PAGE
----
Creative messages still typically require “budget, exposure, and the scale” to make the desired impact among consumers, as true viral successes remain extremely unusual.

Les Binet, head of effectiveness at London-based agency adam&eveDDB, discussed this subject at the Advertising Research Foundation’s (ARF) 2019 AUDIENCExSCIENCE conference.

Drawing on a range of effectiveness studies conducted with co-author Peter Field, a marketing consultant, Binet suggested that powerful messaging relies on a blend of compelling creative and financial muscle.

“Creative agencies these days often misunderstand that although great creative work is really important, you also need budget, exposure, and the scale behind it,” he said. (For more, read WARC’s in-depth report: 11 brand-building tips from the godfather of effectiveness.)

Binet also quoted the famed marketing academic Andrew Ehrenberg, who found that advertising is a “weak force” that has a modest impact on consumer choice.

“Therefore, you need to hit people at scale. You can’t do it by focusing on the small number of people and getting big responses,” Binet said.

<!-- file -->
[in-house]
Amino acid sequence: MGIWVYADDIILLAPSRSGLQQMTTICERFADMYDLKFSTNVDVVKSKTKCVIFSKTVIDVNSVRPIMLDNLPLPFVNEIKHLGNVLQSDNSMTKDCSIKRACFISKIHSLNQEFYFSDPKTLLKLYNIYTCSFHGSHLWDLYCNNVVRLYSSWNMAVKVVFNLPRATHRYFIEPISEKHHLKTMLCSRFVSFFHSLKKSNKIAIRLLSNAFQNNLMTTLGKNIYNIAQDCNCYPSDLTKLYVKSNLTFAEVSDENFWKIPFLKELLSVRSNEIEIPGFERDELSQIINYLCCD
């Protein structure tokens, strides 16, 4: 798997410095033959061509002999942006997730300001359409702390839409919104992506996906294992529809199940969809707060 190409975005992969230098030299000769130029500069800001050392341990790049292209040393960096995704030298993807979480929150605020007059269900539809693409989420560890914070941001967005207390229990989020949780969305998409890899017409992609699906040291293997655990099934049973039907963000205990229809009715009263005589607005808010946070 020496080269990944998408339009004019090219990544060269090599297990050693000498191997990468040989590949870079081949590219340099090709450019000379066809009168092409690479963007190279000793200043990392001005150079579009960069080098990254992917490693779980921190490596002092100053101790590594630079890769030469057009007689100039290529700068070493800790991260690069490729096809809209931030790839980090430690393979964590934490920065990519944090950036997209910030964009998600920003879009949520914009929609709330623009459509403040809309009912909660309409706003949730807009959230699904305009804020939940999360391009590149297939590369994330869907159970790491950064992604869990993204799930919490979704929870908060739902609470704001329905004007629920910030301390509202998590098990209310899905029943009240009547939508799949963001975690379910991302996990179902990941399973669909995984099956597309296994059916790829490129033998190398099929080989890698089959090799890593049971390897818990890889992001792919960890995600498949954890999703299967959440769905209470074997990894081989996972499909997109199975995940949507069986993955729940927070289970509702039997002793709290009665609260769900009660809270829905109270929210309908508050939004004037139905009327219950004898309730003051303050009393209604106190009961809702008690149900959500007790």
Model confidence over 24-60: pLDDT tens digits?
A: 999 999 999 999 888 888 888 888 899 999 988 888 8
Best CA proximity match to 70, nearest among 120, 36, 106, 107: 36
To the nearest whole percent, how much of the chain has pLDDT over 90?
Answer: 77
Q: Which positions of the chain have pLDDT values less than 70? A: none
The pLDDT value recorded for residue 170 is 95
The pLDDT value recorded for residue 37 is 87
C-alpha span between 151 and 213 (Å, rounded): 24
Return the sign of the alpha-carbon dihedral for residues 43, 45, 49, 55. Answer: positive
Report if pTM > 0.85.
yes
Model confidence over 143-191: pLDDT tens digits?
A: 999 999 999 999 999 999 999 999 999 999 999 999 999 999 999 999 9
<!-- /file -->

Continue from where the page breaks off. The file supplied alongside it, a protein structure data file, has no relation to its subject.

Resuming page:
“It’s primarily about getting a weak response from a large number of people. And even in today’s world – with owned media and earned media – there is no substitute for paid media for doing that.”

Owned media can boost campaign effectiveness by around 13%, according to Binet and Field’s work – a figure rising to 26% for earned media.

“But you don’t tend to get any kind of response to your owned and earned media without the support of paid media, unless you’re really, really lucky. Most people who try to go viral fail,” said Binet.

Drilling down further, he reasserted a core element of the Binet/Field canon: namely, that the rate at which a brand grows tends to be proportionate to the difference between its share of voice and share of market.

“Brands that set their share of voice above their share of market tend to be the ones that grow. Brands that accept their share of voice below their share of market tend, on average, to fail,” Binet told the ARF assembly.

“Despite all the changes in the media marketplace, the equation seems to be the same. I keep expecting it to change [but] it’s like the rule of gravity.

“Unfortunately, there is still no substitute for spending money. But nobody wants to believe that.”

Sourced from WARC